With Keller blocking better this year, wouldn’t a simple base package of two wides, Keller, FB and either Greene/LT in the backfield [be successful?] From this package you can run or in the case of 8-9 in the box release Keller with three in pattern off of the play action with FB for protection and LT/SG releasing as the outlet. Maybe Bent can shed some light on the running game to see if Adding Hartsock or Hunter to the package makes it to predictable or in they pass from that package too limited? – The other Tom B
They used two RB, two WR and one TE formations more than any other, although three WR, one back, one TE formations were close behind, albeit only because they went to the three-wide set 17 times in a row at the end of the game. Other formations only made up 21% of the offense.
The difference between Hartsock/Hunter as compared with Keller is that they will stay in to block much more often than Keller, so when they come into the game, it isn’t necessarily always to run block. On the year, Keller has only stayed in to block 1% of the time and on 2% of pass plays, because he either run blocks or runs a route. With Hunter in, you might be surprised to learn that the Jets actually pass 35% of the time. With Hartsock in, the percentage of passes is slightly lower (31%), but his role is less predictable because he runs a route on 63% of passes and stays in to block on 37%.
Why don’t they pass to Edwards and Holmes more often? Why not play Holmes more? I like Cotchery but he’s having a terrible year. – Brandon
They’ve already made a move in that direction. On Sunday, Braylon had 65 snaps, Holmes 56 and Cotchery 48. Also, Holmes was thrown to nine times, Edwards seven and Cotchery just five. They mustn’t forget Cotchery altogether though. We know how good he can be and a return to form will galvanize the offense.
Given how many times the running back gets stuffed, the Jets O-line must not be run blocking as well as last year. – Brandon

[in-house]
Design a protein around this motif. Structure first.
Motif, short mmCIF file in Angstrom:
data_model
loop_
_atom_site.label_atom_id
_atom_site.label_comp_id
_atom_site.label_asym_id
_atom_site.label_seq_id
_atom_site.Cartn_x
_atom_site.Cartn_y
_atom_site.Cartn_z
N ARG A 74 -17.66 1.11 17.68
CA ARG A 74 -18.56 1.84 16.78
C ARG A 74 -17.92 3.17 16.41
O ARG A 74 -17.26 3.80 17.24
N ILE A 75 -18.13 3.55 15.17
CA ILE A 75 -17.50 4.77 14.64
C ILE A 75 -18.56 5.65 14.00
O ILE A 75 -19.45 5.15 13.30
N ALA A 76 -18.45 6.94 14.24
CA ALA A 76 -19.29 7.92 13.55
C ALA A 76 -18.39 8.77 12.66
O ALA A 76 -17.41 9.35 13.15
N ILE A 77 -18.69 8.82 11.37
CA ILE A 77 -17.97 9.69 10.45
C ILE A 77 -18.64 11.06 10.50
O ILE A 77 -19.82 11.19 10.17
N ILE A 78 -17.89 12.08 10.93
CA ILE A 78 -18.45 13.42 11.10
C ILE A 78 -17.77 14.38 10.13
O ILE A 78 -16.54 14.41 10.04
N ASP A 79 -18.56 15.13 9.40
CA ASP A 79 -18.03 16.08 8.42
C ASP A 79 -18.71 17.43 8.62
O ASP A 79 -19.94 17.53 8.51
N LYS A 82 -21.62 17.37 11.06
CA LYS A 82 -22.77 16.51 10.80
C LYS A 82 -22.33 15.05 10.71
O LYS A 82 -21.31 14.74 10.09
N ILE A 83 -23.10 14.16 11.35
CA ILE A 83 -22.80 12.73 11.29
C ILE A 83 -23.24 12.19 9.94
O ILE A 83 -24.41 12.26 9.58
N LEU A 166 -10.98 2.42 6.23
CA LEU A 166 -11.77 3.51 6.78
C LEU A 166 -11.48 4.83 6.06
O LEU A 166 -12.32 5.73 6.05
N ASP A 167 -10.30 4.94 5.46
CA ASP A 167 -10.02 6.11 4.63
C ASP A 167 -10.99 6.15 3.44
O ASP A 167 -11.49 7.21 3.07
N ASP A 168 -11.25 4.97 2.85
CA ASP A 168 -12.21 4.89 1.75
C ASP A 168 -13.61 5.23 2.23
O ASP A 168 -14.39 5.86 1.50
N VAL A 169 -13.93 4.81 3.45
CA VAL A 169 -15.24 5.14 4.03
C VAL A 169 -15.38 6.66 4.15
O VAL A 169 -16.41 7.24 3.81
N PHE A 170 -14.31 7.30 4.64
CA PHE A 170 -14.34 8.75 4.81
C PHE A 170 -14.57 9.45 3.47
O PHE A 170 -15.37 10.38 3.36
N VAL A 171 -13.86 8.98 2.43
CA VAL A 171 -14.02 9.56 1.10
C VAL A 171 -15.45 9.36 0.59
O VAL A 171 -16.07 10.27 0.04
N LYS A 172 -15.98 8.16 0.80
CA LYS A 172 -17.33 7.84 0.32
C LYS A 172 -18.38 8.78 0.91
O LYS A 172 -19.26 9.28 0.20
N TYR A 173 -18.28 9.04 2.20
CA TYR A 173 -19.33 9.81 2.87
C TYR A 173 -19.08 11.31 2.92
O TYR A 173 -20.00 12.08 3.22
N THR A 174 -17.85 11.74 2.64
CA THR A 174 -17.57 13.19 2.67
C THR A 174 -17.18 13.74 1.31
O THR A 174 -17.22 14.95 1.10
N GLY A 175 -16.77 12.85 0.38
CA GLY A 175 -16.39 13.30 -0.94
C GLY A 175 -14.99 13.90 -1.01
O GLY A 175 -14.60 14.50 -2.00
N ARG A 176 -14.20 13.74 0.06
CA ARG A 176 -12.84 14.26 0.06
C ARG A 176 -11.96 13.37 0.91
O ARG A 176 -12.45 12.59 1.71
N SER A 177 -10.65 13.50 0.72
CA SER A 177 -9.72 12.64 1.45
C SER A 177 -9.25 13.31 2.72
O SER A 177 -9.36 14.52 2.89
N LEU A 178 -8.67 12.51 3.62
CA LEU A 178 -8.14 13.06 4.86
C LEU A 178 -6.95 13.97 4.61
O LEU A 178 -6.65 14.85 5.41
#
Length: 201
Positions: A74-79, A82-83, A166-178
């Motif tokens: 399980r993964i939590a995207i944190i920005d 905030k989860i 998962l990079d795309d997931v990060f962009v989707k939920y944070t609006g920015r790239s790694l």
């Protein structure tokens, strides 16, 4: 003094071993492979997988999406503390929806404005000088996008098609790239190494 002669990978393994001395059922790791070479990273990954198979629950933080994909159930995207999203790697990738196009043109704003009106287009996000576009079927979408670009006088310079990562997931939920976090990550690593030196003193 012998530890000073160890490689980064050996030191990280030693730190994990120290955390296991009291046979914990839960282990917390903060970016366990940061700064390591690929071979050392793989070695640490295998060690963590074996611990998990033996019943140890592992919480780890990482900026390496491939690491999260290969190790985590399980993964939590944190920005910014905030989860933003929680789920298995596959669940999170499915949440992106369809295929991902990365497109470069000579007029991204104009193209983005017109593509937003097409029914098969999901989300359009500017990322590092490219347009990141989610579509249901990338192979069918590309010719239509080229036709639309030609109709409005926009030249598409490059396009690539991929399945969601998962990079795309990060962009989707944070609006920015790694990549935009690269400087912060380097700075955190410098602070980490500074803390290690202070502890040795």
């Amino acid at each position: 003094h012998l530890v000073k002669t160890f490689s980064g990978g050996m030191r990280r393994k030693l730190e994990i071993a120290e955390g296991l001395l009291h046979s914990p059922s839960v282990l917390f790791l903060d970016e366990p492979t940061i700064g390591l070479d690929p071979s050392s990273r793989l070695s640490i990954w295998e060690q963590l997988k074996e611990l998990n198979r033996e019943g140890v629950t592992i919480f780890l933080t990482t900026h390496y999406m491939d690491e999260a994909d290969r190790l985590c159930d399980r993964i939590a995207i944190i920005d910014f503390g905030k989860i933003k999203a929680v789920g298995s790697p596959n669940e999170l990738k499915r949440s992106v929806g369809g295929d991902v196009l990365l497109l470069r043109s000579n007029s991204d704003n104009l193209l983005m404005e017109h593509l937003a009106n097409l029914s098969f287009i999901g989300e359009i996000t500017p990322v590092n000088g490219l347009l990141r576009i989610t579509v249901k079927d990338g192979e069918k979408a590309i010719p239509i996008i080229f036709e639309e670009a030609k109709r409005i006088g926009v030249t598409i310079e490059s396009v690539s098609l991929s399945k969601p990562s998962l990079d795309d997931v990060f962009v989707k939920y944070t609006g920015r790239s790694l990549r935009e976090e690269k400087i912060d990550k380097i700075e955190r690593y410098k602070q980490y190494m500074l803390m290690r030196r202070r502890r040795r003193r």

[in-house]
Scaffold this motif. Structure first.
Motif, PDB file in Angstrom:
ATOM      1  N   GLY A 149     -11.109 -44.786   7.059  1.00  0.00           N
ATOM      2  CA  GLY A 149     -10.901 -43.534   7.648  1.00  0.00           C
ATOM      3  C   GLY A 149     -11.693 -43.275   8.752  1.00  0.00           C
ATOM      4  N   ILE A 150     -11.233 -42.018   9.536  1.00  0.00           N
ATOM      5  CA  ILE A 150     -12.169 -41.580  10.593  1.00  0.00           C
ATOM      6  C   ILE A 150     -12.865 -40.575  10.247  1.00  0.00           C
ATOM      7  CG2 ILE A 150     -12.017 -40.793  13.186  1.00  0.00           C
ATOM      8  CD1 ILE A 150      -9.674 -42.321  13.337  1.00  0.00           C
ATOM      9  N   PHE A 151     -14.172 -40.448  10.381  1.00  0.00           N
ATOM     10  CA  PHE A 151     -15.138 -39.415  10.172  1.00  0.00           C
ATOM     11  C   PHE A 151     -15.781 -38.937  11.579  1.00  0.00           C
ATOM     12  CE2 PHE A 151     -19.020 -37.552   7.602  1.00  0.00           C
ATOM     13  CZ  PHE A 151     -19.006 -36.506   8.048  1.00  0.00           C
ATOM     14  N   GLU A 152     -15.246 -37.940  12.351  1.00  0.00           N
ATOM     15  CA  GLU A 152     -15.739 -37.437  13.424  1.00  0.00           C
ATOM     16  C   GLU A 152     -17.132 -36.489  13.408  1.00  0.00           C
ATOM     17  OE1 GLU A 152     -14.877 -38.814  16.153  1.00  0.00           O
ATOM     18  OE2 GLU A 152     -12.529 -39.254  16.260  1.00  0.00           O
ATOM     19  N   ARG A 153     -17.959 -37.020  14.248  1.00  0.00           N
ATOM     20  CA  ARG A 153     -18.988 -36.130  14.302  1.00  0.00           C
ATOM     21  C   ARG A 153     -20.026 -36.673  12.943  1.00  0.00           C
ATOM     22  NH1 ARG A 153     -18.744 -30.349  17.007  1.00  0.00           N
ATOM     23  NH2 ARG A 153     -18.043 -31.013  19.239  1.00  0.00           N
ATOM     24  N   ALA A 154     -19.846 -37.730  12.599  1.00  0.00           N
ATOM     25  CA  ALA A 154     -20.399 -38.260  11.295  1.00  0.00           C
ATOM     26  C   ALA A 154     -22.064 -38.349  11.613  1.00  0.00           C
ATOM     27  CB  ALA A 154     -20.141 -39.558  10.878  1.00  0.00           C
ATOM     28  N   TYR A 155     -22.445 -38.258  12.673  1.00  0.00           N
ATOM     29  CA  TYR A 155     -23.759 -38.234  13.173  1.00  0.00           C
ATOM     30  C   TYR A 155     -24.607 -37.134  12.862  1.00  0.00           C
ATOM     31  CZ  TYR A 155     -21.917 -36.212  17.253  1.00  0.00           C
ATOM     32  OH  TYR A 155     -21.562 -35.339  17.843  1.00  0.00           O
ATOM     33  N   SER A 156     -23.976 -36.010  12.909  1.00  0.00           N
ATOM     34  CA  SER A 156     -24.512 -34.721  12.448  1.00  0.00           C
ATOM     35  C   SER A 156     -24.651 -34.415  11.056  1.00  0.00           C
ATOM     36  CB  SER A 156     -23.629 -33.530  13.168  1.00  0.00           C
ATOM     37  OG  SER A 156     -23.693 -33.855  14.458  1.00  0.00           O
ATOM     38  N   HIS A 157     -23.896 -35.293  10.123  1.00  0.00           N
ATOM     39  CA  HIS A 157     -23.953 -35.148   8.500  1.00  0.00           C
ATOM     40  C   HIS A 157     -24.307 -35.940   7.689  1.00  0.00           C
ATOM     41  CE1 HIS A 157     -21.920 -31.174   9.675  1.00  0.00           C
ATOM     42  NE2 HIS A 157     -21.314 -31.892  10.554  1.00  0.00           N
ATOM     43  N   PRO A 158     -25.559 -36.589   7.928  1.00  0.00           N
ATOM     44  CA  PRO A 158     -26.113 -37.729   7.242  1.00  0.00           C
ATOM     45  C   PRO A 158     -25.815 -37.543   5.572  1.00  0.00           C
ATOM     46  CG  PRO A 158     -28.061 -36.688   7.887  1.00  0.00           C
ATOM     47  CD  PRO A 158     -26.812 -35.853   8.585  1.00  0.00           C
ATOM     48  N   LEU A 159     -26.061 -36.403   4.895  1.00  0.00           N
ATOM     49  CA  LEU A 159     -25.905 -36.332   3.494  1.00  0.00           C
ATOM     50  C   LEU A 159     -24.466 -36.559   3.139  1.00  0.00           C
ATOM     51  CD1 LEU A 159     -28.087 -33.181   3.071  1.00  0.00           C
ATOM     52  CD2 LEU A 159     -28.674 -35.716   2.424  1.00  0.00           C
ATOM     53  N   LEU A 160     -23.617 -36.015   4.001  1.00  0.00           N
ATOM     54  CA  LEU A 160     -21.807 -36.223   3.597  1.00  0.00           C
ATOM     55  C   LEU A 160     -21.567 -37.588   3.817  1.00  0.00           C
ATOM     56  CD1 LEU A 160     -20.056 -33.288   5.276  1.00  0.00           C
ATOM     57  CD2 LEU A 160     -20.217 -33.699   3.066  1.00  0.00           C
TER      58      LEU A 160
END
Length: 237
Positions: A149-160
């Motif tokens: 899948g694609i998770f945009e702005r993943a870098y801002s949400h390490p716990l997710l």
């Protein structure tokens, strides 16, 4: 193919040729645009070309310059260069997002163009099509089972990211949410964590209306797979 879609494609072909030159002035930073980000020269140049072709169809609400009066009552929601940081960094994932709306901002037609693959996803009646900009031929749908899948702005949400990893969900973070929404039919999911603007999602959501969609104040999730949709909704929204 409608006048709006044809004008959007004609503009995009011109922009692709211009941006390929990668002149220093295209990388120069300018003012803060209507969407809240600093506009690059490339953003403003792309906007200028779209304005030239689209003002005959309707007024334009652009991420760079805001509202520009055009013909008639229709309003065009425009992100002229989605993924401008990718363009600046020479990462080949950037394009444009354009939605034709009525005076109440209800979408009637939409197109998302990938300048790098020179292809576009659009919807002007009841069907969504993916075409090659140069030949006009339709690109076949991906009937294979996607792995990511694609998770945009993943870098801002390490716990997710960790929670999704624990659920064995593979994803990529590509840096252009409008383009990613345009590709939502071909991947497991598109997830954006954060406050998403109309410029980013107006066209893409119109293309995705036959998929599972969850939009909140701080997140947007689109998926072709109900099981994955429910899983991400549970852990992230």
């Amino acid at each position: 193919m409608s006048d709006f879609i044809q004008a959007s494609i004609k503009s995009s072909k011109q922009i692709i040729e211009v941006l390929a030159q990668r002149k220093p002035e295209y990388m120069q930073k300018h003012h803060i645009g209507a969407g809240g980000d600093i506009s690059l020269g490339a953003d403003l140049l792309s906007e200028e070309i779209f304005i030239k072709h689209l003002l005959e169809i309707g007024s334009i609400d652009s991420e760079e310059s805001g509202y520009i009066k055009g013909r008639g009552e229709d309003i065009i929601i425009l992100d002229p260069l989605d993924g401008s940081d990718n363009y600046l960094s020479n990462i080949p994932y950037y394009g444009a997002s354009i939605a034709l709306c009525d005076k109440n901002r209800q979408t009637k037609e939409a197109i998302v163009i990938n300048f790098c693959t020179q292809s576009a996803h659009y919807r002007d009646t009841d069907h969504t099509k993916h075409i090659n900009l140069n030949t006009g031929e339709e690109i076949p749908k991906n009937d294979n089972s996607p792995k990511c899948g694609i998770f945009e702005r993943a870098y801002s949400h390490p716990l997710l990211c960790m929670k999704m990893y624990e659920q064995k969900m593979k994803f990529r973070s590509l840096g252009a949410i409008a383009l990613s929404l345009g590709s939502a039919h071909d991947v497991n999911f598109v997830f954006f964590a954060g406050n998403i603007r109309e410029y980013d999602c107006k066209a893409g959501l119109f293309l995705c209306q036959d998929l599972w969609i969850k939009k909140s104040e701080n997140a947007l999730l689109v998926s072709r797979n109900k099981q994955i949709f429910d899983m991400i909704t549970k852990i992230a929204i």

The running game got stuffed plenty last year too. They were just forced to stick with it because they couldn’t rely on Sanchez and they broke more long runs. On the whole, no, they haven’t blocked as well and the two biggest culprits have been Brandon Moore and Nick Mangold. Moore has been inconistent and Mangold, while good, has been nowhere near as dominant as last year, although that’s at least partially attributable to him working his way through some injuries. Tony Richardson has actually been better, although he is still pretty inconsistent.
Did you notice if when Sanchez holds the ball forever any of his wideouts ever look to bail him out by coming back to him or do they just sit deep? – Jason
You don’t always get a good view of this from the TV footage, but my sense is that with linebackers and safeties playing underneath and cornerbacks often playing off their man, Sanchez is reluctant to throw to anyone with a defender nearby. As for the receivers, you obviously want some of them to go deep to clear some of the defenders out and create room. If everyone comes back to the ball, that doesn’t make life any easier. Holmes has a solid reputation for freelancing once a primary option is covered, but the Jets haven’t exploited that much, although there was one play when Sanchez stepped up and found him over the middle.